Following the announcement of Bank South Pacific’s share buyback process, fastbusiness did an analysis of the buyback process to determine who really wins in this share buyback process.

Also called a share repurchase program, stock buybacks are a way a company returns wealth to the shareholder by purchasing outstanding shares of its own stock.

In an interview with fastbusiness, BSP group CEO Robin Fleming says;

“The buyback process gives opportunity to small and individual investors to sell their shares” which he says, is sometimes difficult due to the liquidity issues at Port Moresby Stock Exchange.

Lack of liquidity at Port Moresby Stock Exchange (POMSoX) has been an ongoing issue and the government in collaboration with Central Bank of PNG has recently introduced products like the Tap Bill Facility to encourage more small and individual investors to enter the market and increase the liquidity at POMSoX.

Low liquidity makes it difficult for investors to get in and out of the market quickly, as is done in overseas exchanges.

A stock buyback is generally conducted in one of two ways: buying shares in the open market over time or tendering an offer to existing shareholders to buy shares at a fixed price. Most commonly the company will repurchase shares of its stock through the open market like the BSP just did.

There are many reasons a company may wish to begin a stock buyback program. One may be that the company sees its shares as a real value opportunity and wishes to purchase them while they are cheap. Any major corporation can serve as a value investor just as you or I can. A company expecting its share price to rise may believe that the best use of its money is a major stock buyback.

Mr Fleming technically denies saying that the buyback process does not have anything to do with underlying values (fundamentals) of BSP, though it seems likely on the outset. Buying the BSP shares cheaply now in anticipation of a rise in BSP share price could be the reason behind the buyback process.

When questioned on the real value or technically speaking the intrinsic value of BSP shares, Mr Fleming stated that BSP has strong fundamentals that, in the light of the announcement of the share buyback process, gave the directors the confidence to authorise the buyback process as chairman Constance Constantinou stated in a statement released on the POMSoX website.

“Mr Kostas Constantinou today announced that the board of directors had resolved to undertake a buyback program to buy back up to K15 million worth of its own shares. The buyback is set to open on the day following this announcement and will continue for a period of up to 12 months.

“The buyback program will continue BSP’s capital management strategy to achieve a balance between returning capital, retaining sufficient flexibility to invest capital, pursuing growth options and maintaining strong credit metrics.

“BSP intends to enter the market from time to time to purchase shares pursuant to the buyback. Under the buyback, shareholders are invited to sell up to a maximum of 1000 BSP shares of each registered holding. BSP will pay any brokerage on shares bought back. Selling shareholders will not pay brokerage” POMSoX website says.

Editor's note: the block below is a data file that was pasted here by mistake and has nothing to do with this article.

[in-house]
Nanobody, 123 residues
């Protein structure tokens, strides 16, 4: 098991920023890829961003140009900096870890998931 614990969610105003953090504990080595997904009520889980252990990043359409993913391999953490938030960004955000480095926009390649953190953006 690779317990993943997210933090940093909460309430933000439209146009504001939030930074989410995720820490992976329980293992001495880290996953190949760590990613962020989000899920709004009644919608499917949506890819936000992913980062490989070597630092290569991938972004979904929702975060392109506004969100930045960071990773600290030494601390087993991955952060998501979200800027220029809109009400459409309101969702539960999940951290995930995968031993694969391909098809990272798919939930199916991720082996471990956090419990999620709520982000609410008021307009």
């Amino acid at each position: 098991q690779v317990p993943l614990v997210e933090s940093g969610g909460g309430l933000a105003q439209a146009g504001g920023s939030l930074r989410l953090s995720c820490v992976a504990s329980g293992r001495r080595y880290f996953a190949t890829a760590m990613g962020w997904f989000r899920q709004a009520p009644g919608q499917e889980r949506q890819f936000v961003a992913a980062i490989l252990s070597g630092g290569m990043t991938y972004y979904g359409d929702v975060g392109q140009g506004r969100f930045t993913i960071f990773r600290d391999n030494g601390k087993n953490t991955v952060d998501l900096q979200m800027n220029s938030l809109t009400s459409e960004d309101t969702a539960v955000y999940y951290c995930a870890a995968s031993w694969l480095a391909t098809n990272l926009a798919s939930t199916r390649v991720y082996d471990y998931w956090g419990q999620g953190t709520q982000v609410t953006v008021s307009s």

Another reason companies buy back their shares is that buying back stock reduces the amount of shares on the open market and can help prevent a hostile takeover.

A third reason is to reduce the dilution of its shares that happens when new shares are created. Dilution can be caused by stock option plans, secondary offerings, convertible bonds or preferred shares, and they often increase the overall number of shares available and decrease the company’s earnings per share (EPS) growth over time.

Mr Fleming however, told fastbusiness that BSP had over the years seen an increase in EPS over time. BSP website also has evidence of staggering growth over the years despite the recent economic slowdown.

Investopedia defines EPS as the portion of a company’s profit allocated to each outstanding share of common stock. Generally speaking, EPS serves as an indicator of a company’s profitability.

BSP has recorded sound financial results over the last 5 years confirming Mr Fleming’s claim on BSP having strong business fundamentals.

BSP website states; “In 2013, sound results were achieved, despite a slowdown in the Papua New Guinea economy. Profits in 2013 increased by 7.1% from 2012 results. The net profit after tax was K436.8 million.

“Profits in 2012 increased over 14 percent to K407.7 million, and assets also grew 14 percent to K13.3 billion.

“Strong performance for the year 2011 with a profit of K355.9 million being a 26% increase on 2010′s results.

“Solid results were achieved in 2010 as the global economy starts a slow recovery from the Global Financial Crisis, positively impacting PNG’s resource-based economy

“BSP posted sound results in 2009 as the global economic downturn continued, increasing after tax results by 13%; BSP acquired the National Bank of Fiji and Colonial Fiji Life Insurance Limited from Commonwealth Bank of Australia, contributing K1.2 billion to assets growth of K2.6 billion.’’

On a negative note, sometimes, a company may choose to implement a stock buyback program to cover up a poor performance. Investors use financial ratios to help make investment decisions, and a major stock buyback reduces the number of shares available, creating more attractive financial ratios.

However, as it seems, BSP has recorded a healthy growth over the last five years and the buyback process is seen as BSP giving opportunity to small mum and dad investors to free up their money held in BSP as stocks Mr Fleming alluded to earlier.

Despite all the good things discussed about BSP, and the short term gain for small investors, it’s BSP which wins in the long run.

 

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